The buzz: New beehives coming to Horticulture Center in May

Students handling bees

About a year after Colorado State University’s first beehives were installed at the Durrell Center, CSU will add four more hives in May near the Horticulture Center, on the south side of campus.

Student handling bees
Honey bees were introduced into new hives outside the Durrell Center in April 2018.

Freddie Haberecht, president of the CSU Apiculture Club, said the $5,147 granted to the club last fall by the Associated Students of Colorado State University is being used to install the four new hives and a pollinator garden on an outdoor plot at the Horticulture Center, near the southwest corner of Prospect Road and Centre Avenue.

“The outdoor plots at the Horticulture Center are a mix of research, education and experiential learning opportunities for our students,” said Mark Uchanski, associate professor of horticulture. “For each of the past four years, since the establishment of the Student Education Gardens, we have been trying to add at least one new feature. This year I welcome the bees.”

‘Great ambassadors’

It’s the latest development in ongoing efforts to make CSU a more pollinator-friendly campus. The university obtained Bee Campus USA certification in fall 2017, planted several pollinator gardens and created a Pollinator-Friendly Campus Committee, a subcommittee of the President’s Sustainability Commission.

Satellite image of plot for new hives
A satellite image of the plot at the Horticulture Center where the new hives will be placed.

“Bees are great ambassadors for the environment,” Haberecht said. “They are such important pollinators.”

The first two beehives placed at a Durrell fire escape in spring 2018 did well last summer, producing honey that was actually used at campus events, he said. But it turned out to not be an ideal location for year-round beekeeping, since it doesn’t get full sun. The bees didn’t make it through the winter because it got too cold.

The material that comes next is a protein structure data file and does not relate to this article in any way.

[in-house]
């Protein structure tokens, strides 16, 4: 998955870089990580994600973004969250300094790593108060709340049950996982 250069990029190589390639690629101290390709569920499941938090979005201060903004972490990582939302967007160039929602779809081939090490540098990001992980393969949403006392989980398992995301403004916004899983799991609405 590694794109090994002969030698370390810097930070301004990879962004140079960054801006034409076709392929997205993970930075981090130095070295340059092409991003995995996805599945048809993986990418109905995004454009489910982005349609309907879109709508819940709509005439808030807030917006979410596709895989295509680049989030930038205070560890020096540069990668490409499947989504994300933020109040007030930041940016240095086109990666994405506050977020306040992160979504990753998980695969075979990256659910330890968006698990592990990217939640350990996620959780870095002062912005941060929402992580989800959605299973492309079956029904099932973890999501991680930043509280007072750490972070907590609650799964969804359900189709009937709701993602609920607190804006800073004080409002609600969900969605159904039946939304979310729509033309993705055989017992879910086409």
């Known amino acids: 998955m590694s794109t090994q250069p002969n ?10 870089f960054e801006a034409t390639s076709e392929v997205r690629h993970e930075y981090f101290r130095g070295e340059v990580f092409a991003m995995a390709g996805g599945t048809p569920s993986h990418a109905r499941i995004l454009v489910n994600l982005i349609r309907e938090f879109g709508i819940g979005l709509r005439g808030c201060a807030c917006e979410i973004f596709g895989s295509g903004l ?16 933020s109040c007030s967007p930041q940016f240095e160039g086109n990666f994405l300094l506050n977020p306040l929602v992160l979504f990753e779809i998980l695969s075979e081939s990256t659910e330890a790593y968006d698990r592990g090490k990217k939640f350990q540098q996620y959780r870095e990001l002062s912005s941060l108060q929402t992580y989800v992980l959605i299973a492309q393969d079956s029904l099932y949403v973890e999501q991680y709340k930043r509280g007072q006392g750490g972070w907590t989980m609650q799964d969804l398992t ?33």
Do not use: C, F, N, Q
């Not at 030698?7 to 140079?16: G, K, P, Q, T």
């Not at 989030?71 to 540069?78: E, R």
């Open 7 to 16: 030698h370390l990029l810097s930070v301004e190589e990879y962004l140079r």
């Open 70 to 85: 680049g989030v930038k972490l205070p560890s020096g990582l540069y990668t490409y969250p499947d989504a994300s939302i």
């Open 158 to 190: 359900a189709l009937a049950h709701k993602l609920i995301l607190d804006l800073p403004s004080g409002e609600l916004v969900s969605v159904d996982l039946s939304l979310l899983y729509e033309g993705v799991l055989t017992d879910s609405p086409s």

“Overwintering bees near a building or other nontraditional location brings its own challenges and learning opportunities for the students involved in it,” Uchanski said. “Beekeeping is not easy.”

Arathi Seshadri, adviser to the Apiculture Club and an assistant professor and pollinator Extension specialist in the Department of Soil and Crop Sciences, added that on average, nearly 50percent of bee colonies do not make it through the winter.

Bringing batches of bees

A shipment of six packages of European honey bees — 5,000 bees and a single queen in each box — is slated to arrive from California on May 11.

Freddie Haberecht
Freddie Haberecht

Four of the packages are headed for the new hives at the Horticulture Center, and two will be placed in the Durrell hives. Haberecht said that this time, the Durrell bees will be relocated over the winter, but the ones at the Horticulture Center should be fine, since that plot gets full sun year-round.

The plot for the new hives and accompanying pollinator garden, a former ropes course, comes with an eight-foot fence that will help keep it secure. But Haberecht said requests for tours of the 40-by-100-foot parcel are welcome. Work on adding signage and planting the pollinator garden will begin in early summer.

“So, hopefully, by the beginning of the next school year, it will look great,” Haberecht said.

He explained that the population of each hive will grow from 5,000 bees to 25,000 or more during the summer if the hives remain healthy. Since one bee hive requires about three acres of flowering land to thrive, bees in the new hives will travel well beyond their home pollinator garden, according to Haberecht. But the local pit stop will also benefit many native bees from outside the new hives; Colorado is home to 946 different bee species. Haberecht added that the Apiculture Club hopes to get the new pollinator garden certified by the Audubon Society.

Student handling bees
Geldert installs a honeycomb frame for the hives outside the Durrell Center last spring.

Veterinary care for bees

CSU’s Honey Bee Veterinary Medicine Club will also be an active participant with the new hives. Christina Geldert, a student in the Doctor of Veterinary Medicine Program who is founder and president of that group, will involve fellow vet med students in conducting check-ups on the health of the new bees.

“The hives will provide a teaching space for future veterinarians to learn about hive management and maintenance, to serve us in our future careers,” Geldert said. “Last summer, we had veterinary students working in the hives almost every week, and we hope to do the same this summer with the larger space and number of hives.”

For Haberecht, the new hives represent an exciting next step.

“We’ve learned a lot,” he said of the campus beekeeping efforts. “We’ve proven that this is possible.”

Those interested in getting involved with the Apiculture Club can email csuapiculture@gmail.com.